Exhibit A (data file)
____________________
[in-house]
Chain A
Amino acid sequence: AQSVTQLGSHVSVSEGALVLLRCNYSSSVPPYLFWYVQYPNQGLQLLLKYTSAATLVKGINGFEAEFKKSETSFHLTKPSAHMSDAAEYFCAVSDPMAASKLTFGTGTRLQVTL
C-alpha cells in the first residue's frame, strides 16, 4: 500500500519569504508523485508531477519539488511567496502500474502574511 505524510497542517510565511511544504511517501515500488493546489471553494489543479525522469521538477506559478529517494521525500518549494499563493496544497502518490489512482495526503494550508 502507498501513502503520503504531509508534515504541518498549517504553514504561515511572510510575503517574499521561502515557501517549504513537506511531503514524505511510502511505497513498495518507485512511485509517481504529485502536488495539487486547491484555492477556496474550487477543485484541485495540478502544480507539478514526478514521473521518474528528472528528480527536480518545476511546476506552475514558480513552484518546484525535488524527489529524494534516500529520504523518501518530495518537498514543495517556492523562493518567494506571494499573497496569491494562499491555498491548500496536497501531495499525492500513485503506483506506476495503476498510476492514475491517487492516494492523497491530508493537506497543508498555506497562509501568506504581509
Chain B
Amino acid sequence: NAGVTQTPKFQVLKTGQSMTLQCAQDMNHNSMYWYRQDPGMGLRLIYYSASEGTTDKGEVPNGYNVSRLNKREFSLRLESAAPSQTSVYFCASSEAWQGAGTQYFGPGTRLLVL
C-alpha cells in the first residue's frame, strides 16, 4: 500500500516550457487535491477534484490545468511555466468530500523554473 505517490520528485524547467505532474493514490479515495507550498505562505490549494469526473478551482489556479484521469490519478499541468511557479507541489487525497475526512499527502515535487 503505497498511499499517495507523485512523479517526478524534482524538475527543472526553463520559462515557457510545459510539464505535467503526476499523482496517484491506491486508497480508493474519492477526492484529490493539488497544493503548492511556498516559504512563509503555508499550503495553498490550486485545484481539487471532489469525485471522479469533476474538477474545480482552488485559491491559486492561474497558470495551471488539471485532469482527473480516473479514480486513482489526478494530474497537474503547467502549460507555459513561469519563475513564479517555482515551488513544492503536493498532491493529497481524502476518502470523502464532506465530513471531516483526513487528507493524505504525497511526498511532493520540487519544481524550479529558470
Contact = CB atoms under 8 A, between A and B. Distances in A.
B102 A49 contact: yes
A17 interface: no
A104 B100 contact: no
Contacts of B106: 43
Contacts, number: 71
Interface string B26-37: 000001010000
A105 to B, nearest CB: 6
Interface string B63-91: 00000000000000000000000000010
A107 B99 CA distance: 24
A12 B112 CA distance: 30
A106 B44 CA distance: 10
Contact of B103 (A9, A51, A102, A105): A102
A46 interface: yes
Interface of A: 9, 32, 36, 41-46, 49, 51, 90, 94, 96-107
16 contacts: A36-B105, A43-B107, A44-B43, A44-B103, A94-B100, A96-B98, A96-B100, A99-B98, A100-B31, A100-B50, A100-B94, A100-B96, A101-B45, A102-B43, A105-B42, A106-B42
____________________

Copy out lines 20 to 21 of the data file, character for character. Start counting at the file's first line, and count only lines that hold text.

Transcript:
Contact of B103 (A9, A51, A102, A105): A102
A46 interface: yes